Some 271 million people globally, or more than one in 20 of the population aged 15 to 64, used recreational drugs in 2017, according to newly released data from the United Nations World Drug Report. That’s a 30% increase from 2009.
The use of cannabis, cocaine, amphetamines and prescription stimulants are at post-recession highs in the U.S., the study said. And although the use of prescription opioids has dipped recently, the number of overdoses has increased. More than 47,000 deaths were recorded there in 2017, many of them attributed to synthetic opioids such as fentanyl.
The most popular drug globally continues to be cannabis, with an estimated 188 million people having used it in 2017, according to the study. Cannabis usage is most prevalent in North America, where there are an estimated 56.6 million users, followed by Asia with 54.2 million.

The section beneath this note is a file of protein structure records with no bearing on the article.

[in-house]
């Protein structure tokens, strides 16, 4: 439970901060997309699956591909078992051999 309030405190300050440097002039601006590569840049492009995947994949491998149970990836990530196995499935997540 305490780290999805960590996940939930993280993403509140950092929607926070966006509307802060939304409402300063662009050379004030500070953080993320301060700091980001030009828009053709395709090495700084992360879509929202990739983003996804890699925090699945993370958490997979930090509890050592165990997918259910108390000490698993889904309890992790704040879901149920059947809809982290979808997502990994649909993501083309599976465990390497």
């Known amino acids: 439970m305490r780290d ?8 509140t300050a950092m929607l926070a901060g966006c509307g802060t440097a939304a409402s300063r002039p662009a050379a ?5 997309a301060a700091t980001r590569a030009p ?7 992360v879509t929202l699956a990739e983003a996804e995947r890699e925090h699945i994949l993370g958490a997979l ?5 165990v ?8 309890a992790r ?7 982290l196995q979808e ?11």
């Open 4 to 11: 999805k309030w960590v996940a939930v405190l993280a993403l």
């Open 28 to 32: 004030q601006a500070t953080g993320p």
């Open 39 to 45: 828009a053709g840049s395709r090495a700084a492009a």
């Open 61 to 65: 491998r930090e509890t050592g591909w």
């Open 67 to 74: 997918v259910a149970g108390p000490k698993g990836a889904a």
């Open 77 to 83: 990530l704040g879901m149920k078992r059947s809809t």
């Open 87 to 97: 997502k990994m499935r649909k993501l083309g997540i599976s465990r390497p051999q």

One-third of Israeli men in the 15-to-64 age bracket and 28.5% of those in Jamaica used cannabis at a greater frequency than all other countries measured, the study said. American men followed at 21.4% while Canadians and New Zealanders rounded out the top five with 19.1% and 18.6%, respectively, according to the latest data available.
The legalization of cannabis in some North American jurisdictions has contributed to a decline in seizures, which have slumped 77% since 2010, the study said.
Meanwhile, a record 693 tons of opiates was seized worldwide in 2017, a 5% increase from the previous year, as law enforcement efforts and international cooperation curtailed the global distribution of opium.
Still, the temptation to traffic illegal drugs remains strong for some. A Brazilian Air Force sergeant traveling with President Jair Bolsonaro’s entourage en route to the G-20 summit in Japan was arrested earlier this week for allegedly possessing 39 kilograms (86 pounds) of cocaine.